If policies are not changed, they warn, the Czechs will find their nation is lagging behind in the technology stakes, with the manufacturing industry descending to a lower grade of processing with less added value, slumping productivity and skimpier wages. All in all, they say, it will amount to a poverty trap.
“Right now, the Czech Republic is just hovering in the same place in the rankings. More developed states are pulling away from us and, on the other hand, previously less developed states are drawing nearer at every mile,” declared Josef Středula, chairman of the Czech-Moravian Confederation of the Trade Unions [ČMKOS].
According to experts who work for the headquarters of ČMKOS, the strongest Czech grouping of trade unions, there is a pressing need to radically alter economic policy in the coming years. The industry focus, they say, should be on specialised fields of work, innovation and products with added value. The shift in priorities should see workers’ earnings quickly approach the levels enjoyed in more developed states, they add. However, meeting that goal would clearly also require a strengthening of the Czech crown by around 20 percent, the experts assert.
ČMKOS released its latest manifesto, entitled Vision for Change. In the document, it criticises the economic approach taken by governments of recent times and outlines possibilities to produce a turnaround. “In the Czech Republic over the long term, and not only during times of right-leaning governments, a sole correct line of economic policy has been, and in actual fact, is still being, pushed – that of fiscal consolidation. The contours of the state’s actual economic policy stay firmly in the background or they are absolutely unclear,” states the manifesto. The fate of the country would be changed by large-scale projects which would markedly shift economic performance, such as networks of fast rail links that would securely link the main Czech hubs with the European system of high-speed rail, it adds.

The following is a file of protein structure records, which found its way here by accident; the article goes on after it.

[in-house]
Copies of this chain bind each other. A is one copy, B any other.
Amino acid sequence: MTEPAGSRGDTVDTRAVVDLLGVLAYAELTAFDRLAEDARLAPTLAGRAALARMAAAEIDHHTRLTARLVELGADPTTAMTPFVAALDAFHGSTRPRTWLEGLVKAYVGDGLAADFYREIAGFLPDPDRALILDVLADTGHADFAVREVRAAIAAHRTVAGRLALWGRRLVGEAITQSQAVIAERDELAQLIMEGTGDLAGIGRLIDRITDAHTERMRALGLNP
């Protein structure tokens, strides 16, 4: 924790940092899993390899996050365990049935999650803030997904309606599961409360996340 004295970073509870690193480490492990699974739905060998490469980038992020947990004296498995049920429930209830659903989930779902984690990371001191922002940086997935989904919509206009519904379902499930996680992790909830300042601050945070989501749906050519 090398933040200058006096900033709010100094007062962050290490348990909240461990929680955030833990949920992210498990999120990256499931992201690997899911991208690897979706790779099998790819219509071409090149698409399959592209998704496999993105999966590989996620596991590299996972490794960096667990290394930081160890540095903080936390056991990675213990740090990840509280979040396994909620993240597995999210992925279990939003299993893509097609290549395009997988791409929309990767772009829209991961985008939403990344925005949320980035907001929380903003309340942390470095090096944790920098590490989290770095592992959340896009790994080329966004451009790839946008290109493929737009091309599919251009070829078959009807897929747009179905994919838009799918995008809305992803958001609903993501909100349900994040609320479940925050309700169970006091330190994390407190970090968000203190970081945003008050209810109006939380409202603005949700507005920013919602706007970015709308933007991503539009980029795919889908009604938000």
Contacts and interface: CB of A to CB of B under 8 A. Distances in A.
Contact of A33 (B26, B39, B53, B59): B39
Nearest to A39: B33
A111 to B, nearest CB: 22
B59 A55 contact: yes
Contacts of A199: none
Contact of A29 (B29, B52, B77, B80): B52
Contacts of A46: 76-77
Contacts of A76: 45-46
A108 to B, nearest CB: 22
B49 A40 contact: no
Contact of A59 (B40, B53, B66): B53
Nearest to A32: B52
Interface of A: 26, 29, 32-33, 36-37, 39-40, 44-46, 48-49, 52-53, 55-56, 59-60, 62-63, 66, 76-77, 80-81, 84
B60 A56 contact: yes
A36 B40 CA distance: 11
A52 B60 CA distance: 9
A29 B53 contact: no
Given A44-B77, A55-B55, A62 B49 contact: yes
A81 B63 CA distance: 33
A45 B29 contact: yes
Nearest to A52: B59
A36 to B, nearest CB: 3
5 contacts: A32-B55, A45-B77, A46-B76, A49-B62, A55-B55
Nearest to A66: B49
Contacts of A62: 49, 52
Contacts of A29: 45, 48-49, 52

The trade unions’ confederation has repeatedly criticised wage policies. According to trade unionists, by undervaluing due pay companies can avoid having to pursue radical measures, such as the restructuring of production, the reorganisation of management and the replacement of ‘obsolete’ old managers with modern-minded technicians.